Sierra (Seattle): This week’s highs will sit fairly uniformly at 48-49℉, with the exception of Fri-Sat’s 46-47℉. Lows will vary a bit more at the beginning of the week, with today’s being 35℉. Thurs’ lows will come back up to 40℉, then back down to 38℉ Fri. Sat will come back up to 40℉, then finally down again to 39℉ Sun and Mon. This week will also be fairly grey with partial clouds today-Thurs, rain Fri, clouds Sat, partial clouds again Sun and clouds Mon. Wear a mask, stay warm and dry, and have a good week.

 

Denali (Sunnyvale): Highs this week will rise steadily, with today’s being 64℉ and Thurs-Fri being 66-67℉. Highs will then plateau at 68℉ Sat-Mon. Lows will stay fairly similar, with today’s being 48℉, then 45-46℉ until Sun and Mon, which will be 47℉. The week will also be almost entirely partially cloudy with the exception of Mon, which is expected to reveal full sun. Wear a mask, enjoy the warmth and have a good week.

 

Everest and Prep (Redwood City): Highs will rise fairly steadily this week, with today’s being 63℉ and 64-65℉ Thurs-Sat. Sun’s highs will rise again to 66℉ and then 68℉ Mon. Lows, in contrast, will stay more uniform: 47-48℉ Weds, 46℉ Thurs-Fri, and 48-49℉ Sat-Mon. The week will also be filled with partial clouds, with the exception of Mon’s full sun. Wear a mask, enjoy the warmth, and have a good week.

 

K2 (El Cerrito): This week’s highs will bounce around: today’s will be 63℉, then 66℉ Thurs, back to 63℉ Fri and 66℉ again Sat. Sun will come back up again to 67℉ and finally 70℉ on Mon. Lows will stick closer together around the 47℉ range, with of the week being 47-48℉, with the exception of Thurs’ 46℉. Sun and Mon’s lows will sit at 50℉. The week’s weather patterns will bounce around a bit as well, with partial clouds expected Weds-Sun with the exception of fog on Thurs and full sun Mon. Wear a mask, roll with the weather and have a good week.

 

Tam (Richmond): Highs this week will rise steadily, with today-Fri being 62-63℉, Sat 64℉, Sun 66℉ and finally Mon 69℉. Lows will stick in the mid to high 40’s, with today’s being 47℉, Thurs 45℉, Fri-Sat 46-47℉ and finally Sun-Mon 49℉. In contrast, the week’s weather patterns will bounce around a bit, with partial clouds expected today-Sun with the exception of fog on Thurs and full sun Mon. Wear a mask, roll with the weather and have a good week.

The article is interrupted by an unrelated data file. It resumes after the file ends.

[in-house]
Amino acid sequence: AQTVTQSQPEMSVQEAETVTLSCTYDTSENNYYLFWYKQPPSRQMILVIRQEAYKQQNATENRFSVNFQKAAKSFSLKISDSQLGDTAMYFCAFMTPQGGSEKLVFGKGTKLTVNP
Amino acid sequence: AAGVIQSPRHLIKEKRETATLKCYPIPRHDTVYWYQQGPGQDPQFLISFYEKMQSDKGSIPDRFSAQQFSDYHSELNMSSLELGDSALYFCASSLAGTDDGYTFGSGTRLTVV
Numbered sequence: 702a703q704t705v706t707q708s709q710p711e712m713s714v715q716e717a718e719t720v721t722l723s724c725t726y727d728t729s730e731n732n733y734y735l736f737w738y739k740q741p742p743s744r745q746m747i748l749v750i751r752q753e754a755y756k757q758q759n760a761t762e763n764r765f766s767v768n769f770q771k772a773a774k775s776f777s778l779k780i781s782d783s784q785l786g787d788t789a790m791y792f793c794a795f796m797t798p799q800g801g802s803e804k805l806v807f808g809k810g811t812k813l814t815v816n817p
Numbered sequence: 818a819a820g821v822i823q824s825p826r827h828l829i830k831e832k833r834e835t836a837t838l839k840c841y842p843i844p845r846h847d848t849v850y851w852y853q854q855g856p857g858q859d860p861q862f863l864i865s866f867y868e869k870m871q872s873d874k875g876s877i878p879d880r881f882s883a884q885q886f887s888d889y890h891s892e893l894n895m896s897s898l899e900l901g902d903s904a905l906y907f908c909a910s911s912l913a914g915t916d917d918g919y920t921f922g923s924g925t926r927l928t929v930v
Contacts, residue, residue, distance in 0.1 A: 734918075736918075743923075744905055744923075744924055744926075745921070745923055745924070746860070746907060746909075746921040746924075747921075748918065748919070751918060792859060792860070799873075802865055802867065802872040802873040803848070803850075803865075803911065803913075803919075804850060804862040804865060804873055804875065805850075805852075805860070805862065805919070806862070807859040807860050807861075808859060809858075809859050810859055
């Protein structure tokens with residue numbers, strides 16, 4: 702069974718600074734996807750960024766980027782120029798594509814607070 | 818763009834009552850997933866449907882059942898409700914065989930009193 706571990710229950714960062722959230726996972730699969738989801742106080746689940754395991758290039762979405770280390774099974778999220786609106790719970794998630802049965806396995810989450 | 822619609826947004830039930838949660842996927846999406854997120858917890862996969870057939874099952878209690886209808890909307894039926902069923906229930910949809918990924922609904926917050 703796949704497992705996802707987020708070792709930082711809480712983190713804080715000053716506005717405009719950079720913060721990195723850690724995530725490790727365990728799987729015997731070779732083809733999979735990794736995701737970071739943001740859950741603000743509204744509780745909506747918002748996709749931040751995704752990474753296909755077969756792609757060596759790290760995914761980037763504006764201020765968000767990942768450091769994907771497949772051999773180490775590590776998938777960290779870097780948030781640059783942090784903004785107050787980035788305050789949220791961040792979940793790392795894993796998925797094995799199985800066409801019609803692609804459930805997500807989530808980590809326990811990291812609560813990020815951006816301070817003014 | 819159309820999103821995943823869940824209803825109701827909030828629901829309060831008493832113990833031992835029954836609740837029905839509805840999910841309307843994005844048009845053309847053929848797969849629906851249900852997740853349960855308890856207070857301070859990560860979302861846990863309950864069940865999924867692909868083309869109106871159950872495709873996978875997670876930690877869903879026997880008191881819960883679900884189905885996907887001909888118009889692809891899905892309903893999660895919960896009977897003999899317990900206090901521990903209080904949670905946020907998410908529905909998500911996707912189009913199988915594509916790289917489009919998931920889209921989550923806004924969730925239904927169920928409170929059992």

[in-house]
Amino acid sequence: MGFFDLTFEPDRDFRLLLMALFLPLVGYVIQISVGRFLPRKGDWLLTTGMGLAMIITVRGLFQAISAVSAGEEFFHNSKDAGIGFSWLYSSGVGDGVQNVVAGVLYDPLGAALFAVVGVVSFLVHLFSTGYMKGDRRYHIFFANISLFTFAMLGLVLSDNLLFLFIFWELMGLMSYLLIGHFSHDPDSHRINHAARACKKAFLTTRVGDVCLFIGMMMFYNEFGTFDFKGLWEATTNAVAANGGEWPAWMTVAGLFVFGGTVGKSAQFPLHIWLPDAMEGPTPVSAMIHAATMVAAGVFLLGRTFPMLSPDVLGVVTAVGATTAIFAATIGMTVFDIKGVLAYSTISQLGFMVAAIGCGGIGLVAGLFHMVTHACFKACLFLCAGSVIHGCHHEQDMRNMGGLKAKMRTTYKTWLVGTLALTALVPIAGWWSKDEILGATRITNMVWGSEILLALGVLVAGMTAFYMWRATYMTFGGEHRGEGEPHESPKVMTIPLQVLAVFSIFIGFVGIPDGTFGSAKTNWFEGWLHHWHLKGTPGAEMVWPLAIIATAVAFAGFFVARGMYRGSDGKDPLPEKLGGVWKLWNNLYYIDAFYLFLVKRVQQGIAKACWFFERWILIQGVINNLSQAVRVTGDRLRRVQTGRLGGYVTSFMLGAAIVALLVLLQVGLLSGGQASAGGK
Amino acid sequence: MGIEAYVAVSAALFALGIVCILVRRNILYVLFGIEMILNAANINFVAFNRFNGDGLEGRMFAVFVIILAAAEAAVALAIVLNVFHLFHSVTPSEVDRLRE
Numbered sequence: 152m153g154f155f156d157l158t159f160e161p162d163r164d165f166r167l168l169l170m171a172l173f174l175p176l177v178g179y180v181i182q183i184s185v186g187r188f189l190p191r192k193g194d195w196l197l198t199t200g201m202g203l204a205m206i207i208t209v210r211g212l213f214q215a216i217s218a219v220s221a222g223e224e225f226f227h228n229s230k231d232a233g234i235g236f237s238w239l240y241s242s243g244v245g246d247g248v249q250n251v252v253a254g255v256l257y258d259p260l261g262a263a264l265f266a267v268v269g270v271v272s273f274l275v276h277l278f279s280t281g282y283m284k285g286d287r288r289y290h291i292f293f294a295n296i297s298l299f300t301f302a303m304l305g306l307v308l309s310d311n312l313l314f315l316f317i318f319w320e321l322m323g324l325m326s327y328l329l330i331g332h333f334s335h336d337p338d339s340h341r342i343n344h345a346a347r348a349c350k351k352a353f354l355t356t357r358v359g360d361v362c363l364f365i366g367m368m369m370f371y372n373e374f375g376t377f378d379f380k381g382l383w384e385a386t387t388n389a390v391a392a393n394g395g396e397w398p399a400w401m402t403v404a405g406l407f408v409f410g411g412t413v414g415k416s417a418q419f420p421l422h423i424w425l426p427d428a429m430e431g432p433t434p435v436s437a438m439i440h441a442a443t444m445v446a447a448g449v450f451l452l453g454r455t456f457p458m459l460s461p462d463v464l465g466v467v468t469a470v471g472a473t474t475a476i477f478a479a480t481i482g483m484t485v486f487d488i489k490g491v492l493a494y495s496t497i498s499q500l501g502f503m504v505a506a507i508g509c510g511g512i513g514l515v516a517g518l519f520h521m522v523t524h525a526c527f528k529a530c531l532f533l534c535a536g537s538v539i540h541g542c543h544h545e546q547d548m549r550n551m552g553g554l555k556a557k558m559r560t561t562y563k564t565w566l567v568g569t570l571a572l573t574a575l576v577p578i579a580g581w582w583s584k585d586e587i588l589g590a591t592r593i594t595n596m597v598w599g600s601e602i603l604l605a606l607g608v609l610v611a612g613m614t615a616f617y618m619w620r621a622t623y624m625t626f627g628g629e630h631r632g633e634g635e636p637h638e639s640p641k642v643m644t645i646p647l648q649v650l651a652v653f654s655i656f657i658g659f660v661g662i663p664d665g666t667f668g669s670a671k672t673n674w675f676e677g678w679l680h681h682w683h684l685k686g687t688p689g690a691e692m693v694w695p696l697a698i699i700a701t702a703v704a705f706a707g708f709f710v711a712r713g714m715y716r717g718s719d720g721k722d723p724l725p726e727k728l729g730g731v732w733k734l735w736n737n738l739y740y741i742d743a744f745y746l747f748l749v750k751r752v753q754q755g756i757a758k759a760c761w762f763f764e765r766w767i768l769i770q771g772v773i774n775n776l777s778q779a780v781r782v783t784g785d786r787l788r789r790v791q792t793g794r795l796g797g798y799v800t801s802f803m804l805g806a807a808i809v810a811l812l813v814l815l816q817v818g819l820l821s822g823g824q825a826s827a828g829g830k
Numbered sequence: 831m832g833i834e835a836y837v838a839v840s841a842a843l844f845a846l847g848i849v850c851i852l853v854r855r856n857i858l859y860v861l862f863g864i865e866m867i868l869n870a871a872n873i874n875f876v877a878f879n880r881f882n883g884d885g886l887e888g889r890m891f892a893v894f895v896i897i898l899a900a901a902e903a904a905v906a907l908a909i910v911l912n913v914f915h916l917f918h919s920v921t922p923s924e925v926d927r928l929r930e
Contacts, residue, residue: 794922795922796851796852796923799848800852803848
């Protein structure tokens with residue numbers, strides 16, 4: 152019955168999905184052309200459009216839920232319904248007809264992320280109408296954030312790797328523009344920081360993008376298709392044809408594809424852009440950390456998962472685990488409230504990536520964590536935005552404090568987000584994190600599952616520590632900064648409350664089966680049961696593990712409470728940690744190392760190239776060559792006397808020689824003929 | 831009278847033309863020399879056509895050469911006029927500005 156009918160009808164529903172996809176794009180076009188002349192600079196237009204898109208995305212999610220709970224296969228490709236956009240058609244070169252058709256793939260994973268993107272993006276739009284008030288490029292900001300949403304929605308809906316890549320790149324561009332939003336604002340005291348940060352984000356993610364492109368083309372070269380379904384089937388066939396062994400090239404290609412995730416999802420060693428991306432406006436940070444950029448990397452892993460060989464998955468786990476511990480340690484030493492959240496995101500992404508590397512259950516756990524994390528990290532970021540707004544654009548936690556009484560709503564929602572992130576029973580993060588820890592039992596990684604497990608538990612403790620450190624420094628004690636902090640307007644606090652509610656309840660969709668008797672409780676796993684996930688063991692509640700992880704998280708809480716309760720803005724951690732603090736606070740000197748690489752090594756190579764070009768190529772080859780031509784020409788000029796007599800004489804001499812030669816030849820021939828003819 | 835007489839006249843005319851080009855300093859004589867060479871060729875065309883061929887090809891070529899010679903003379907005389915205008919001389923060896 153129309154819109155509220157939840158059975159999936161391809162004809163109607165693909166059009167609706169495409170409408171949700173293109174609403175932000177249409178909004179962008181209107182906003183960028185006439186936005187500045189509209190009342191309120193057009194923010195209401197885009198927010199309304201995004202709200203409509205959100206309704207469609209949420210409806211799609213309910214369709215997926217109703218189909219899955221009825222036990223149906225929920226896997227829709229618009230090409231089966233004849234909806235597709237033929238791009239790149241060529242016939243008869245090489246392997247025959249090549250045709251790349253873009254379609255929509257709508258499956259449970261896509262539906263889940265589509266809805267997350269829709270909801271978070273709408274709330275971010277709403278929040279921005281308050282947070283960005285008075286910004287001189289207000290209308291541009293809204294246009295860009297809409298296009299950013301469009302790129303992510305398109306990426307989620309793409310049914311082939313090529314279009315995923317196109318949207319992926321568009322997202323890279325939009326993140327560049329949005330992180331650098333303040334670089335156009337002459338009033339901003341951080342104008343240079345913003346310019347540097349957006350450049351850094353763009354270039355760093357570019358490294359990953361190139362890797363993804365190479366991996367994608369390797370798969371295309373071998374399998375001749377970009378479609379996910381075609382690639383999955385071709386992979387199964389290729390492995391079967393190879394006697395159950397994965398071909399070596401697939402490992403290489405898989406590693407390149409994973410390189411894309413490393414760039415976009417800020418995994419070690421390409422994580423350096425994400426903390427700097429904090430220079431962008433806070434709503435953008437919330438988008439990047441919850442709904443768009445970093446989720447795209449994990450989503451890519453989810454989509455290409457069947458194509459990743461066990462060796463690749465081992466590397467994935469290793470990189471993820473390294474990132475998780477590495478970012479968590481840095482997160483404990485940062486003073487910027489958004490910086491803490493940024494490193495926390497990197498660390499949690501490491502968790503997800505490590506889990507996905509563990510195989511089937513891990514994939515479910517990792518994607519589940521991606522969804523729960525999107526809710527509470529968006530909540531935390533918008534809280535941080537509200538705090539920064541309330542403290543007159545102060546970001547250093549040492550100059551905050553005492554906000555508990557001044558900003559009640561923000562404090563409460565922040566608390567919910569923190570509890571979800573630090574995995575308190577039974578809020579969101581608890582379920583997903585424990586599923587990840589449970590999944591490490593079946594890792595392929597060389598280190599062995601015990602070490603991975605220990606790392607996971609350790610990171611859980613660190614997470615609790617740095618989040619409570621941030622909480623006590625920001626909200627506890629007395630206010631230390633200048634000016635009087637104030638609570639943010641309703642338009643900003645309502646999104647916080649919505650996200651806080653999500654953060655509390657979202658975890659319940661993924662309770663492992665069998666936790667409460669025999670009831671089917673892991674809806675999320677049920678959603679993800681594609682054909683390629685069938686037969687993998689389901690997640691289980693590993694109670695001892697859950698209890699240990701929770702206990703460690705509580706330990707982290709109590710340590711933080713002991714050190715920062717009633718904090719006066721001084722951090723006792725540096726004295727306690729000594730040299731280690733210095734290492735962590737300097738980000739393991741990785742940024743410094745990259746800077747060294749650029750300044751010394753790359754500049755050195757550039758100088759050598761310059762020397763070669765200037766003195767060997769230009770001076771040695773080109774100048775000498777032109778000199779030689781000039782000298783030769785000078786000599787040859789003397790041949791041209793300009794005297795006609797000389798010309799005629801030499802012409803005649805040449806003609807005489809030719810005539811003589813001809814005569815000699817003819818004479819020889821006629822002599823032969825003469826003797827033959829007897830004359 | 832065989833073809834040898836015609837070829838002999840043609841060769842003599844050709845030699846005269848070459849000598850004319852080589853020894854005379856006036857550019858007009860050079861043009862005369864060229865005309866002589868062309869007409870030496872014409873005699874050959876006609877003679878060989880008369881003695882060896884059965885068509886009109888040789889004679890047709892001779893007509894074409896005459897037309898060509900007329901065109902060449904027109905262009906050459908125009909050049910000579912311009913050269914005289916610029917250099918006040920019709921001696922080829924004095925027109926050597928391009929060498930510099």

Shasta (Daly City): Highs this week will range from 57-61℉, with today-Thurs’ being 61℉, Fri-Sat 59-60℉, Sun 61℉ and Mon 66℉. Lows will also stay in a similar range of 47-50℉, with today-Sat’s 47-48℉ and 50-51℉ Sun-Mon. Weather patterns, in comparison, will bounce around: alternating partially cloudy and foggy Weds-Sun patterns will occur, while Mon will grace us with full sun. Wear a mask, roll with the weather and have a good week.

 

Tahoma (San Jose): Highs this week will rise steadily, with today’s being 66℉, Thurs-Sat 68-69℉ and Sun-Mon 70℉. Lows will stay in the 45-48℉, with today’s being 48℉, Thurs-Fri 45-46℉ and Sat-Mon 46-47℉. The week will be almost exclusively partially cloudy, with the exception Mon’s full sun. Wear a mask, soak up that sun when you can and have a good week.

 

7. Actions

Editor’s note: each week, I will be posting petitions to sign/actions to take to support the BLM movement, ICE detainees, and other important matters. Remember, your voice counts, so use it.

 

  1. Sign this petition to hold members of Congress who refused to certify the election results, encouraging the riots in the Capitol. While refusing certification of results within certain states if the winner is in doubt is the right of any Congressmember, there has been no evidence of voter fraud. Per CNN:
    “Since November, there had been numerous hand counts, audits, legal challenges and investigations into voter fraud that turned up nothing to support Trump’s claim and the senators’ justification for challenging Biden’s victory. Nonetheless, Republican senators have argued further investigation is warranted.”

 

  • Watch or listen or listen to this playlist. All advertisement revenue goes to Black Lives Matter. I currently have it on in the background as I am writing this brief. Do not skip the ads, the donations will not go through otherwise.

 

  • Watch or listen to this video. All advertisement revenue goes to various aid organizations easing the humanitarian crisis in Yemen. Please note it is blocked on school Chromebooks due to being in the “Entertainment” category

 

Leave a Reply